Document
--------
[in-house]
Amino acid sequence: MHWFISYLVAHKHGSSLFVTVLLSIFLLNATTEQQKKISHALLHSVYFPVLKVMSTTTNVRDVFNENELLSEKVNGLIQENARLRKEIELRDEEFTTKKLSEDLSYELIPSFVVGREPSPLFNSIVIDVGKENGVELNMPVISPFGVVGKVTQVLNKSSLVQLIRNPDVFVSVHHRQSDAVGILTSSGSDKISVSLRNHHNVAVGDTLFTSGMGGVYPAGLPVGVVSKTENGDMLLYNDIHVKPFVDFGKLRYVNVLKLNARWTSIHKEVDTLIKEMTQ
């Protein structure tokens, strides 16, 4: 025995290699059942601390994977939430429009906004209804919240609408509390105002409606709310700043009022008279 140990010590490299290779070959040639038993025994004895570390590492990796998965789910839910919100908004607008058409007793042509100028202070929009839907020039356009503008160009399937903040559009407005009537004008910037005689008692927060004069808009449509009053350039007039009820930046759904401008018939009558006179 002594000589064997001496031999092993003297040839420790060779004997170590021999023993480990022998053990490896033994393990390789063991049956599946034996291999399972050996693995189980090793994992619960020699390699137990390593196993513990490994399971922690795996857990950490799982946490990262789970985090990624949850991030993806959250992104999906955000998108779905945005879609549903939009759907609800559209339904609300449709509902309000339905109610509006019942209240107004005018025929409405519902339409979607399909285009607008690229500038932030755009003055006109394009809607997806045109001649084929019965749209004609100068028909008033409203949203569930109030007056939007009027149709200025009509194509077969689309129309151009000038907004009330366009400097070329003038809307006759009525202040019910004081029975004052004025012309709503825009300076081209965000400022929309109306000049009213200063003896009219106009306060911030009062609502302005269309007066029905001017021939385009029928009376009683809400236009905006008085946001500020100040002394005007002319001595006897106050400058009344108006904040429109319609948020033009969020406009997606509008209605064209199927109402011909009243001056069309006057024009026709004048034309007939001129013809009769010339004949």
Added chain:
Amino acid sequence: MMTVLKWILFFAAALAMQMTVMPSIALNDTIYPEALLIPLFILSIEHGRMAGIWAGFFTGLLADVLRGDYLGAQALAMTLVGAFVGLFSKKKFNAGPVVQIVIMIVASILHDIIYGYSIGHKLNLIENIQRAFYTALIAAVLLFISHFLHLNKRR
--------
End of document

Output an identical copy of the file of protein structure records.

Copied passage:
[in-house]
Amino acid sequence: MHWFISYLVAHKHGSSLFVTVLLSIFLLNATTEQQKKISHALLHSVYFPVLKVMSTTTNVRDVFNENELLSEKVNGLIQENARLRKEIELRDEEFTTKKLSEDLSYELIPSFVVGREPSPLFNSIVIDVGKENGVELNMPVISPFGVVGKVTQVLNKSSLVQLIRNPDVFVSVHHRQSDAVGILTSSGSDKISVSLRNHHNVAVGDTLFTSGMGGVYPAGLPVGVVSKTENGDMLLYNDIHVKPFVDFGKLRYVNVLKLNARWTSIHKEVDTLIKEMTQ
């Protein structure tokens, strides 16, 4: 025995290699059942601390994977939430429009906004209804919240609408509390105002409606709310700043009022008279 140990010590490299290779070959040639038993025994004895570390590492990796998965789910839910919100908004607008058409007793042509100028202070929009839907020039356009503008160009399937903040559009407005009537004008910037005689008692927060004069808009449509009053350039007039009820930046759904401008018939009558006179 002594000589064997001496031999092993003297040839420790060779004997170590021999023993480990022998053990490896033994393990390789063991049956599946034996291999399972050996693995189980090793994992619960020699390699137990390593196993513990490994399971922690795996857990950490799982946490990262789970985090990624949850991030993806959250992104999906955000998108779905945005879609549903939009759907609800559209339904609300449709509902309000339905109610509006019942209240107004005018025929409405519902339409979607399909285009607008690229500038932030755009003055006109394009809607997806045109001649084929019965749209004609100068028909008033409203949203569930109030007056939007009027149709200025009509194509077969689309129309151009000038907004009330366009400097070329003038809307006759009525202040019910004081029975004052004025012309709503825009300076081209965000400022929309109306000049009213200063003896009219106009306060911030009062609502302005269309007066029905001017021939385009029928009376009683809400236009905006008085946001500020100040002394005007002319001595006897106050400058009344108006904040429109319609948020033009969020406009997606509008209605064209199927109402011909009243001056069309006057024009026709004048034309007939001129013809009769010339004949």
Added chain:
Amino acid sequence: MMTVLKWILFFAAALAMQMTVMPSIALNDTIYPEALLIPLFILSIEHGRMAGIWAGFFTGLLADVLRGDYLGAQALAMTLVGAFVGLFSKKKFNAGPVVQIVIMIVASILHDIIYGYSIGHKLNLIENIQRAFYTALIAAVLLFISHFLHLNKRR